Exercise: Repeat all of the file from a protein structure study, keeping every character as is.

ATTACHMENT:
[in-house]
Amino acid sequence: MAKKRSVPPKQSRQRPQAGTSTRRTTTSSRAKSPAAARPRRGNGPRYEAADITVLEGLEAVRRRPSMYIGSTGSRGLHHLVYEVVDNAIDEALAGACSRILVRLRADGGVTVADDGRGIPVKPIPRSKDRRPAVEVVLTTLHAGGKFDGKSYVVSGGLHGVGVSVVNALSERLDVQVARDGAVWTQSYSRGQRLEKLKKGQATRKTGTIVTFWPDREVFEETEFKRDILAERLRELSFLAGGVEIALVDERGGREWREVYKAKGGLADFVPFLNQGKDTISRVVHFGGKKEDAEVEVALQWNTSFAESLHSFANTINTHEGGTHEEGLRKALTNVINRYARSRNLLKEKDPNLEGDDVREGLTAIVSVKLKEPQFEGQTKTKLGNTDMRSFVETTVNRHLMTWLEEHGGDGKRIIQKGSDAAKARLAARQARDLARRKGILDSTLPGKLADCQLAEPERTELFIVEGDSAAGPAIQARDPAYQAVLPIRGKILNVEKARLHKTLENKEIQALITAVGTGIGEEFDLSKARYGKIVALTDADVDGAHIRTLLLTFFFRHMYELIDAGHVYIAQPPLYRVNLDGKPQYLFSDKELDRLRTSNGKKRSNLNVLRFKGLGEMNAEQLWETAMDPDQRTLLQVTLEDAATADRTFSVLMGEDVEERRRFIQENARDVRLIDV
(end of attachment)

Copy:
[in-house]
Amino acid sequence: MAKKRSVPPKQSRQRPQAGTSTRRTTTSSRAKSPAAARPRRGNGPRYEAADITVLEGLEAVRRRPSMYIGSTGSRGLHHLVYEVVDNAIDEALAGACSRILVRLRADGGVTVADDGRGIPVKPIPRSKDRRPAVEVVLTTLHAGGKFDGKSYVVSGGLHGVGVSVVNALSERLDVQVARDGAVWTQSYSRGQRLEKLKKGQATRKTGTIVTFWPDREVFEETEFKRDILAERLRELSFLAGGVEIALVDERGGREWREVYKAKGGLADFVPFLNQGKDTISRVVHFGGKKEDAEVEVALQWNTSFAESLHSFANTINTHEGGTHEEGLRKALTNVINRYARSRNLLKEKDPNLEGDDVREGLTAIVSVKLKEPQFEGQTKTKLGNTDMRSFVETTVNRHLMTWLEEHGGDGKRIIQKGSDAAKARLAARQARDLARRKGILDSTLPGKLADCQLAEPERTELFIVEGDSAAGPAIQARDPAYQAVLPIRGKILNVEKARLHKTLENKEIQALITAVGTGIGEEFDLSKARYGKIVALTDADVDGAHIRTLLLTFFFRHMYELIDAGHVYIAQPPLYRVNLDGKPQYLFSDKELDRLRTSNGKKRSNLNVLRFKGLGEMNAEQLWETAMDPDQRTLLQVTLEDAATADRTFSVLMGEDVEERRRFIQENARDVRLIDV